Recently, the federal government proposed new regulations that will set limits for metals in wastewater discharges that are approximately 50-80% lower that existing standards. In addition, limits are being proposed for several pollutants that have not been previously regulated, such as manganese, molybdenum, sulfides and tin.

Comparison of Existing Pretreatment Standards with Proposed MP&M Limits (mg/l)
Existing Standard 40 CRF 413 (mg/l) Existing Standard 40 CRF 433 (mg/l) Proposed MP&M Discharged Limits
Daily 4-Day Avg. Daily Mon. Avg. Daily Mon. Avg.
Cadmium 1.20 0.70 0.69 0.26 0.21 0.09
Chromium 7.00 4.00 2.77 1.71 1.30 0.55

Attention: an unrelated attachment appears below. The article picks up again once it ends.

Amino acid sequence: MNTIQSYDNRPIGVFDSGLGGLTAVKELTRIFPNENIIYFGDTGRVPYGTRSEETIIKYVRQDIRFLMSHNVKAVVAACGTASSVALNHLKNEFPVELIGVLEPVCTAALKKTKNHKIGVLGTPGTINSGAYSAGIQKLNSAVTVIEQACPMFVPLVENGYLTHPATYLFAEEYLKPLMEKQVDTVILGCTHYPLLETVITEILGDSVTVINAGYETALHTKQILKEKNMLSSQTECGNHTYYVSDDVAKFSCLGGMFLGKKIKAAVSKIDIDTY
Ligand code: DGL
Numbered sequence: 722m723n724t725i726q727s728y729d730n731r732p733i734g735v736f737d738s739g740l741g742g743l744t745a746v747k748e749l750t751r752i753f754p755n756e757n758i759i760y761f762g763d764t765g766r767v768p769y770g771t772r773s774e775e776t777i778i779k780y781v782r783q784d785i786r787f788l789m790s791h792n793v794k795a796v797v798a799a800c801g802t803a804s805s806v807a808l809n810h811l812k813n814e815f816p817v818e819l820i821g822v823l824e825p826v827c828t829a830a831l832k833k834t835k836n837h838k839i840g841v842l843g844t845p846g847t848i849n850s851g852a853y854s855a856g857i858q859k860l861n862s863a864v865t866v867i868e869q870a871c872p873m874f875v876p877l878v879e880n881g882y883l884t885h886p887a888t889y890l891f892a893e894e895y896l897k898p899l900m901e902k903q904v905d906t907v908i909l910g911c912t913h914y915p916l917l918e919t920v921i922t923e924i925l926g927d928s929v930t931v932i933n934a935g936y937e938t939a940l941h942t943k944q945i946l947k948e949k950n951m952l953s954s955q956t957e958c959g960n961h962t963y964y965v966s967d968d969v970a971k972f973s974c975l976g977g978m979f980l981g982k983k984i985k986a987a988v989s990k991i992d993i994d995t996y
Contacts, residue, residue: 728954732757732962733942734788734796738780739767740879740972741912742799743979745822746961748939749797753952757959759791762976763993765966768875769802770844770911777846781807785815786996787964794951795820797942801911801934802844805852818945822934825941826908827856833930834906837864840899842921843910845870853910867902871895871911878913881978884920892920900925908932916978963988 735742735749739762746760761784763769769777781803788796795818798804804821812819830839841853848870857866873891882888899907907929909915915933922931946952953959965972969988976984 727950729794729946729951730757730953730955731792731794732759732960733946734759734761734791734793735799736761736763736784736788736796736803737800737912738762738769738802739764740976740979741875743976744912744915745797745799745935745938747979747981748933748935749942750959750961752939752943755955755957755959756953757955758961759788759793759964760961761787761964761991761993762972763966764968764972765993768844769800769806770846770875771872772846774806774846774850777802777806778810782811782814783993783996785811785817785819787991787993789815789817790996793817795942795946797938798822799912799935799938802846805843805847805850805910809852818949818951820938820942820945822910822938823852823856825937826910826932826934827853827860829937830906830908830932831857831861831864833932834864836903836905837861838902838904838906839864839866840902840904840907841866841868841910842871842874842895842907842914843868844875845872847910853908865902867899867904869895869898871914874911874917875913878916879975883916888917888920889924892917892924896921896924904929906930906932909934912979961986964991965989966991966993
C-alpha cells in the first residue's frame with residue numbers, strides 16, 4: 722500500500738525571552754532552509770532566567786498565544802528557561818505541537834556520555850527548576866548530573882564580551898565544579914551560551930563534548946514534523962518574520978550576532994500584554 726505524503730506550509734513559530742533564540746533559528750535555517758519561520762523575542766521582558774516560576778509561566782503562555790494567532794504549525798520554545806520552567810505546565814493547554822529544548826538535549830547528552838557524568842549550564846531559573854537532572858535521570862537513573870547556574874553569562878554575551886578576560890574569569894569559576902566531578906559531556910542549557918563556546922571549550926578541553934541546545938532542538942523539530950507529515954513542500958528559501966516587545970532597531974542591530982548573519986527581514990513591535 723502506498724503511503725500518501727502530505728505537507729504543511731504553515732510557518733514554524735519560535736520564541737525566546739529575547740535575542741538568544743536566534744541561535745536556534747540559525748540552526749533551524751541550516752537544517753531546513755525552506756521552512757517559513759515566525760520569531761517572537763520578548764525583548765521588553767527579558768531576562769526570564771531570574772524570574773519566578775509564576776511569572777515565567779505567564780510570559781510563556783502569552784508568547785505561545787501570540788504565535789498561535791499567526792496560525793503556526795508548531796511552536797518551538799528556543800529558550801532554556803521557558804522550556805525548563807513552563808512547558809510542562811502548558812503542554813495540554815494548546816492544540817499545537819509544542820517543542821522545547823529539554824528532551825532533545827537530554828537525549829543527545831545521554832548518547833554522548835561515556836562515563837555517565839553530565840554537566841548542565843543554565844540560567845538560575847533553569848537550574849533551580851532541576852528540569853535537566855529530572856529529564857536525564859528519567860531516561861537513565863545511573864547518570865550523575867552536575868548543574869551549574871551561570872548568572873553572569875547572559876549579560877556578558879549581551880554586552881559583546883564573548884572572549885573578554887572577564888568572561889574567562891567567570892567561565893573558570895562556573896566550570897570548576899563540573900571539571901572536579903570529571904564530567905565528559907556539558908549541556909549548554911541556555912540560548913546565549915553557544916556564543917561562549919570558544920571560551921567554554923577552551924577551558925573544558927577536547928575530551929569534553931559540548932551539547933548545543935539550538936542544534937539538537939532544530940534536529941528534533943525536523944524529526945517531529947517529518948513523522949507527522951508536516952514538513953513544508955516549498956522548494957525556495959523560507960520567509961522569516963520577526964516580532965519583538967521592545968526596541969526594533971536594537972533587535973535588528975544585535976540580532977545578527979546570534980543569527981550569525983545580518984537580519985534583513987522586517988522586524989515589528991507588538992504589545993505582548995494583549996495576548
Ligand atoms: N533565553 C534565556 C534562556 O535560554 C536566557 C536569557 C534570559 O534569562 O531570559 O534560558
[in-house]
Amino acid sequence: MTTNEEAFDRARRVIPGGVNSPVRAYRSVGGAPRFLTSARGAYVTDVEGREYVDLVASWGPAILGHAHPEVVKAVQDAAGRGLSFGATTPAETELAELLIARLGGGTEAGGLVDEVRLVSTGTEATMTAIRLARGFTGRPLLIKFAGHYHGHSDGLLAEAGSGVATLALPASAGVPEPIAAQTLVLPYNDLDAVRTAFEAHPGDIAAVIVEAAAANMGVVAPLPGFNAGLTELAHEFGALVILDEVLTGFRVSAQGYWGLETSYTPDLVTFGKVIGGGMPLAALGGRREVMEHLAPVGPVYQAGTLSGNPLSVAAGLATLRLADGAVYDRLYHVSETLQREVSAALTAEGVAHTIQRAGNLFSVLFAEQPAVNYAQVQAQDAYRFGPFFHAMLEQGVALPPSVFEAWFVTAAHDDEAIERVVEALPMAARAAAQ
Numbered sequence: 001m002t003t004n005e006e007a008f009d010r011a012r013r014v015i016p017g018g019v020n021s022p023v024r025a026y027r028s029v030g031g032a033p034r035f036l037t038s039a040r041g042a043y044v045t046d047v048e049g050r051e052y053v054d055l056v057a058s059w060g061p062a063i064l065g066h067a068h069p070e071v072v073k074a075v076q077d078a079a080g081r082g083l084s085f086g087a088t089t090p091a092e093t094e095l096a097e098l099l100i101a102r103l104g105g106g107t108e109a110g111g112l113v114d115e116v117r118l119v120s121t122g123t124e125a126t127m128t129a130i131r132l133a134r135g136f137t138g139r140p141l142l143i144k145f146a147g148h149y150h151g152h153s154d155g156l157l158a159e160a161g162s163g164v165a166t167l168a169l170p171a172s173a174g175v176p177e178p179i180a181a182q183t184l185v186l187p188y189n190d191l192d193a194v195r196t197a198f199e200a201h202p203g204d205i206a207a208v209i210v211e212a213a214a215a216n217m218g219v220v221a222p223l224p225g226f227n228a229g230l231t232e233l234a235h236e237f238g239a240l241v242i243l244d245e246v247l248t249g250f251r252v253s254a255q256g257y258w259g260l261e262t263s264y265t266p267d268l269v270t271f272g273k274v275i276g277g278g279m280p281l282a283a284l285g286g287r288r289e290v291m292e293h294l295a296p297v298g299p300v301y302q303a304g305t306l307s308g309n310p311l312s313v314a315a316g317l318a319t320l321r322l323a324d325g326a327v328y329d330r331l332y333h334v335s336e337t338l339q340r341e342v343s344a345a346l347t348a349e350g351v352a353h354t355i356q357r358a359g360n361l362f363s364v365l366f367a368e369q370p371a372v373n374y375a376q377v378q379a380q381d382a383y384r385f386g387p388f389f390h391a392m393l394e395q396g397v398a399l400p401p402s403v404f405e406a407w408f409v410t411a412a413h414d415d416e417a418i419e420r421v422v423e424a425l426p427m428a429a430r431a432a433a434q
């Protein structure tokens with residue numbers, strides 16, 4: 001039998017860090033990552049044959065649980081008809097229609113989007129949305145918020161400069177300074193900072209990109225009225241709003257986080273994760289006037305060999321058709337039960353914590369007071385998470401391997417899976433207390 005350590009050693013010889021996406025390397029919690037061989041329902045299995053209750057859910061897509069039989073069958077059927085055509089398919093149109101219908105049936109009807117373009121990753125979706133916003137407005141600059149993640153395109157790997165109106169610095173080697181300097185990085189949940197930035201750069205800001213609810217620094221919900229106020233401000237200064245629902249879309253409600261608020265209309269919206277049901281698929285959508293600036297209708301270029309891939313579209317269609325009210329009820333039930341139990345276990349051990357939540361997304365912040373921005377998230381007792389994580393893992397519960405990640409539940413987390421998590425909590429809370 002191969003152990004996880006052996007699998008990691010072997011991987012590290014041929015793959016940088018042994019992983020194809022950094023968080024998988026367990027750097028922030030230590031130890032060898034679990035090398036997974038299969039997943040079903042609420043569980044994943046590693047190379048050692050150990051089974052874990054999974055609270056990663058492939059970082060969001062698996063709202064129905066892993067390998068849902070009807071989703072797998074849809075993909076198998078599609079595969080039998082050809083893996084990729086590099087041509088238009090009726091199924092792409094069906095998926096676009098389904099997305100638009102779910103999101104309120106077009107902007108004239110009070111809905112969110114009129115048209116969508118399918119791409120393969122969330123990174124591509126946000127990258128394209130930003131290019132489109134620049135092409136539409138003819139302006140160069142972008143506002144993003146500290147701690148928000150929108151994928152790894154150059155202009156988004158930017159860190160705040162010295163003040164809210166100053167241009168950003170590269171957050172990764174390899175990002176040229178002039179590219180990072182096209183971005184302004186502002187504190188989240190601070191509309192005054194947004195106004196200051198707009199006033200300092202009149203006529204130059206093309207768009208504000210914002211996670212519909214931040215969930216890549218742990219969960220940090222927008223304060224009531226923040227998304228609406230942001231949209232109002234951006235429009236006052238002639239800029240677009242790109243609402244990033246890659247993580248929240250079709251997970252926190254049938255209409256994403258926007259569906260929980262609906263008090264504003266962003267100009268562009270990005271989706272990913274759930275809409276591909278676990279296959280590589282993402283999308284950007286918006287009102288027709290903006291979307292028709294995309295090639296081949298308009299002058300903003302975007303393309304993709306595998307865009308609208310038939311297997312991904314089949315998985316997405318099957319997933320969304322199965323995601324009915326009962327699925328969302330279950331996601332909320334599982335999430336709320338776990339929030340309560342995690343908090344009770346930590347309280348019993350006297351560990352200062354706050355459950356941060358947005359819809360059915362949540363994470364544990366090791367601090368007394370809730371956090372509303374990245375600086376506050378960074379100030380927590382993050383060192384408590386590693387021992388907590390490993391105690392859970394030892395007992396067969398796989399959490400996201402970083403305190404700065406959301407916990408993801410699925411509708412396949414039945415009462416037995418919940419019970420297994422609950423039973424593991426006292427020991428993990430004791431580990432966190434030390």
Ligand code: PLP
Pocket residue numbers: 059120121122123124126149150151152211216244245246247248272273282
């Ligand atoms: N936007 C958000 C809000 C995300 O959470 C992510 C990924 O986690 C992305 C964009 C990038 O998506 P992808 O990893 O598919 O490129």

Copper 4.50 2.70 3.38 2.07 1.30 .057
Cyanide (T) 1.90 1.00 1.20 0.65 0.21 0.13
Cyanide (A) 0.86 0.32 0.14 0.07
Lead 0.60 0.40 0.69 0.43 0.12 0.09
Manganese 0.25 0.10
Molybdenum 0.79 0.49
Nickel 4.20 2.60 3.95 2.38 1.50 0.64
Silver 1.20 0.70 0.43 0.24 0.15 0.06
Sulfides 31.00 13.00
Tin 1.80 1.40
Zinc 4.20 2.60 2.61 1.48 0.35 0.17
TTO* 2.13 2.13
Total Metals 10.50 6.80
TOC** 78.00 59.00
TOP*** 9.00 4.30

* Total Toxic Organics
** Total Organic Carbon
*** Total Organic Parameter

The DTC Replacement
Thio-Red, a patented metal precipitant, is being used by metal plating plants with great success to safely precipitate mixed chelated metals from discharge waters. In addition to being much less toxic than DTC, Thio-Red offers these additional advantages:

  • Generates up to 50% less sludge than DTC, Lime or Iron chemistries
  • Achieves the proposed mixed metals discharge levels in most wastewaters